After the first weekend of free agency, the Penguins look like a team that has painted themselves in a salary cap-colored corner.
Pittsburgh signed Rob Scuderi to a four year deal worth $3.375 million, annually, then found a way to extend Pascal Dupuis and Craig Adams. After all the hoopla created by the fans and media over major changes coming based on the fallout of the Boston series, the Penguins will looking very similar to last year’s team before the trade deadline.
The problem, however, may not be next season, but the next few seasons after.
Three years from now, Chris Kunitz, Rob Scuderi and Pascal Dupuis will all be in their late 30’s. Considering Kunitz and Dupuis rely on their speed, the Penguins could look old despite having elite-level players in the prime of their careers. This issue is magnified when you consider Kunitz and Dupuis are top six forwards and Scuderi is a top four defenseman on this roster.
At the same time, what was GM Ray Shero to do?
This was an extremely weak free agency class -hello David Clarkson for $5.25 mil over seven years- and the Penguins were already facing salary cap issues on the eve of July 5th. Furthermore, a guy like Pascal Dupuis was stuck between cashing out for the first and only time of his career, or signing for a little less to stay in Pittsburgh. Dupuis could’ve commanded $5 million easily on the open market. The fact that he signed for $3.75 million is a steal for the Penguins.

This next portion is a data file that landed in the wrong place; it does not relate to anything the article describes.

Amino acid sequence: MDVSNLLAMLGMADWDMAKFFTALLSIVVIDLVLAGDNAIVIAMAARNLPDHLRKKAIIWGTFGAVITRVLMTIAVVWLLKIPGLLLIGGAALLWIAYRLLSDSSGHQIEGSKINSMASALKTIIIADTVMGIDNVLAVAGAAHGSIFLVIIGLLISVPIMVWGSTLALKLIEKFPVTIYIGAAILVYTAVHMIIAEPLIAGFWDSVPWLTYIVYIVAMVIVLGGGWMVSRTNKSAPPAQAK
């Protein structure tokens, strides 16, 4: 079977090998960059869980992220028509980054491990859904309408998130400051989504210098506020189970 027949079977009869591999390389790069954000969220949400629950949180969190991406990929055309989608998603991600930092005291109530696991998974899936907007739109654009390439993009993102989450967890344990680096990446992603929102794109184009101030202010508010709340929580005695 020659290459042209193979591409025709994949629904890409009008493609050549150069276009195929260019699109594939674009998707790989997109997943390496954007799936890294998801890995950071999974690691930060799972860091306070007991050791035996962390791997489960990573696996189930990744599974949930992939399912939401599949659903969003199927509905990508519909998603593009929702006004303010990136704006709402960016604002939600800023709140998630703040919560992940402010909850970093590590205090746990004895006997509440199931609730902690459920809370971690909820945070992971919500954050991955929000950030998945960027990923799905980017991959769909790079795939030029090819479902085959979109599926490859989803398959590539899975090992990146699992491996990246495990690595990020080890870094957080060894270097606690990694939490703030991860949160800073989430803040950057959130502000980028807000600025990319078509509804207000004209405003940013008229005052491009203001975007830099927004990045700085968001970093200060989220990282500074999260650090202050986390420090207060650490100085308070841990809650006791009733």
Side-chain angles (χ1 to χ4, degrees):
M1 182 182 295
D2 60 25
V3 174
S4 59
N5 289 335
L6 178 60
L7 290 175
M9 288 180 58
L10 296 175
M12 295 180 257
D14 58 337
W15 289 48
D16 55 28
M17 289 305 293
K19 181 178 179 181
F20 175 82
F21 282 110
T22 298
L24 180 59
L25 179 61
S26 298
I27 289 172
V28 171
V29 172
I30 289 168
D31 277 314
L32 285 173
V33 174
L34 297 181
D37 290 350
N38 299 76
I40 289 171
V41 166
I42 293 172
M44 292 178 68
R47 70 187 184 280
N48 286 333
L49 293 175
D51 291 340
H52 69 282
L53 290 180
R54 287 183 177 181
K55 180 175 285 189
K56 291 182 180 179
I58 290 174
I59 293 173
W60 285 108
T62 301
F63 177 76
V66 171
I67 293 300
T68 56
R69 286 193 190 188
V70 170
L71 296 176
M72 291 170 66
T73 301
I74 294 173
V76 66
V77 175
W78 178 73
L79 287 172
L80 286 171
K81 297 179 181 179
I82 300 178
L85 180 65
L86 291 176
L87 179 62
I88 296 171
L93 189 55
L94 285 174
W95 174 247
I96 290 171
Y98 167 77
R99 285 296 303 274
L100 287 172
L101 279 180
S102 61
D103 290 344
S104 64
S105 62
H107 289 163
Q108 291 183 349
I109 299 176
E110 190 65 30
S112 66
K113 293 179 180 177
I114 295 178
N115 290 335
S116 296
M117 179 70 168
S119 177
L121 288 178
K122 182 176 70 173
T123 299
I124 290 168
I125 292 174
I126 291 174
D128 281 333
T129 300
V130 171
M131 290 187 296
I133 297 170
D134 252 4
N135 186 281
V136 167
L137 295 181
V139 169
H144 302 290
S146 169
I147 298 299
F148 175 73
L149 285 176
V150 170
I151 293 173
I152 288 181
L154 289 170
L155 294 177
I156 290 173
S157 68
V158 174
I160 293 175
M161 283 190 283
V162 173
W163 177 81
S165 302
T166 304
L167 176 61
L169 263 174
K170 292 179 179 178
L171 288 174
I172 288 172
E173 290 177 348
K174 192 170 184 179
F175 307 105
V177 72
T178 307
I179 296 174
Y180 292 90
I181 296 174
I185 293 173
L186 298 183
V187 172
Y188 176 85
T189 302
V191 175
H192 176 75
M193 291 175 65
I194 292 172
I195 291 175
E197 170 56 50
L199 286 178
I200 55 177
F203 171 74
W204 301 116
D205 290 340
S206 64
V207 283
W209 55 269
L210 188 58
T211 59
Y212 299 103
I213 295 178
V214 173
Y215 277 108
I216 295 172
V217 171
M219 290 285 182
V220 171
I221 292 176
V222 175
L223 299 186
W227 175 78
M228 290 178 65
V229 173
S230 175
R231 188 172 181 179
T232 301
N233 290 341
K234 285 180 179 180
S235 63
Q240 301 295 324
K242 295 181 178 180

The Penguins have their top six forwards in place along with their top four defensemen. Beau Bennett should see time with Sidney Crosby or Evgeni Malkin who will be playing alongside Chris Kunitz and James Neal. The third and fourth lines will be a major project for Dan Bylsma and it wouldn’t be shocking if Shero deals a defenseman for a forward to play on either one of those lines. With 600k left in cap space, Matt Niskanen could be on his way out. There’s simply no reason to pay a third-pairing defenseman two million dollars a year, especially when there are better options at a cheaper price.
If last season taught us anything, it’s that the Penguins had the roster to compete and win a Stanley Cup. Heading into the 2013-2014 season, that question is very much up for debate. There simply isn’t enough depth on the bottom two lines. Brandon Sutter is a solid third line center, but he doesn’t have the ability to take over a game like Jordan Staal did when he was in Pittsburgh. Meanwhile, the fourth line will be an absolute mess if players like Harry Zolneirczyk and Chris Connor are given an opportunity to play every night.
Overall, this was the best Ray Shero could do. When you look at the lack of cap space, the bottom barrel free agency market, and the lack of depth at forward, this is probably the best scenario. It’s more or less the price a team pays when they go all out for a Stanley Cup and come up short.